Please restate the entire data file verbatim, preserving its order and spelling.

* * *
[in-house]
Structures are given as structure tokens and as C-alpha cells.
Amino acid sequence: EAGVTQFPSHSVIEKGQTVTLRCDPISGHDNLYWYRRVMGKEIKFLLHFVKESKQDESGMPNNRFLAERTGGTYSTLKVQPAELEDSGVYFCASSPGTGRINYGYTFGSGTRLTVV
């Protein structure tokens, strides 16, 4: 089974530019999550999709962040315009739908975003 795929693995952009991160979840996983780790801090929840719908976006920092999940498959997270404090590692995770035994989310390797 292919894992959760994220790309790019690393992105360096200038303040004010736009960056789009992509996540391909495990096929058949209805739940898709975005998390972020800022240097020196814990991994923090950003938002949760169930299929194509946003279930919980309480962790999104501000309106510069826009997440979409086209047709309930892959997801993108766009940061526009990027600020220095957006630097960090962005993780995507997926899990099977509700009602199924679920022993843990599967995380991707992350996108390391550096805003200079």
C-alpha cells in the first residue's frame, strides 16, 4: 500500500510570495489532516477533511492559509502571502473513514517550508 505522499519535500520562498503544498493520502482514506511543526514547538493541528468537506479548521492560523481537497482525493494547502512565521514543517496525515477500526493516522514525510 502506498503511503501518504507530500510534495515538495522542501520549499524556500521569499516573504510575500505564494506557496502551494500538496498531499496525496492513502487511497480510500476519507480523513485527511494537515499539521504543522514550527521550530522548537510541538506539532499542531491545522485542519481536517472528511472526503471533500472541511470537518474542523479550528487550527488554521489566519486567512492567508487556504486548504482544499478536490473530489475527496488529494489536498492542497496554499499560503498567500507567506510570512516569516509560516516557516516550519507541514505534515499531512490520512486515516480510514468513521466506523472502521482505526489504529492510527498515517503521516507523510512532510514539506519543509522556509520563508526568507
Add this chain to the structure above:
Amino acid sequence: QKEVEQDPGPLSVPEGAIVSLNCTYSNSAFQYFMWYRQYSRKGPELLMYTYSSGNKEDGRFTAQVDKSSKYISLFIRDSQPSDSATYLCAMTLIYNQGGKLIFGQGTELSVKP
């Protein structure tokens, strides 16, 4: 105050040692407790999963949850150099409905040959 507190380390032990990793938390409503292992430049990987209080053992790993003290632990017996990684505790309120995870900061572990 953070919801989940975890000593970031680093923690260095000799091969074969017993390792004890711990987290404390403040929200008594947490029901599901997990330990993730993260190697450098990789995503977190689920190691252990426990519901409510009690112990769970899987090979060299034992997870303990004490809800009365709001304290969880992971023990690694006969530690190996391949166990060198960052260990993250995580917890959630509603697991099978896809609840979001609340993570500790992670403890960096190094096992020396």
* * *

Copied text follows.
[in-house]
Structures are given as structure tokens and as C-alpha cells.
Amino acid sequence: EAGVTQFPSHSVIEKGQTVTLRCDPISGHDNLYWYRRVMGKEIKFLLHFVKESKQDESGMPNNRFLAERTGGTYSTLKVQPAELEDSGVYFCASSPGTGRINYGYTFGSGTRLTVV
């Protein structure tokens, strides 16, 4: 089974530019999550999709962040315009739908975003 795929693995952009991160979840996983780790801090929840719908976006920092999940498959997270404090590692995770035994989310390797 292919894992959760994220790309790019690393992105360096200038303040004010736009960056789009992509996540391909495990096929058949209805739940898709975005998390972020800022240097020196814990991994923090950003938002949760169930299929194509946003279930919980309480962790999104501000309106510069826009997440979409086209047709309930892959997801993108766009940061526009990027600020220095957006630097960090962005993780995507997926899990099977509700009602199924679920022993843990599967995380991707992350996108390391550096805003200079």
C-alpha cells in the first residue's frame, strides 16, 4: 500500500510570495489532516477533511492559509502571502473513514517550508 505522499519535500520562498503544498493520502482514506511543526514547538493541528468537506479548521492560523481537497482525493494547502512565521514543517496525515477500526493516522514525510 502506498503511503501518504507530500510534495515538495522542501520549499524556500521569499516573504510575500505564494506557496502551494500538496498531499496525496492513502487511497480510500476519507480523513485527511494537515499539521504543522514550527521550530522548537510541538506539532499542531491545522485542519481536517472528511472526503471533500472541511470537518474542523479550528487550527488554521489566519486567512492567508487556504486548504482544499478536490473530489475527496488529494489536498492542497496554499499560503498567500507567506510570512516569516509560516516557516516550519507541514505534515499531512490520512486515516480510514468513521466506523472502521482505526489504529492510527498515517503521516507523510512532510514539506519543509522556509520563508526568507
Add this chain to the structure above:
Amino acid sequence: QKEVEQDPGPLSVPEGAIVSLNCTYSNSAFQYFMWYRQYSRKGPELLMYTYSSGNKEDGRFTAQVDKSSKYISLFIRDSQPSDSATYLCAMTLIYNQGGKLIFGQGTELSVKP
């Protein structure tokens, strides 16, 4: 105050040692407790999963949850150099409905040959 507190380390032990990793938390409503292992430049990987209080053992790993003290632990017996990684505790309120995870900061572990 953070919801989940975890000593970031680093923690260095000799091969074969017993390792004890711990987290404390403040929200008594947490029901599901997990330990993730993260190697450098990789995503977190689920190691252990426990519901409510009690112990769970899987090979060299034992997870303990004490809800009365709001304290969880992971023990690694006969530690190996391949166990060198960052260990993250995580917890959630509603697991099978896809609840979001609340993570500790992670403890960096190094096992020396």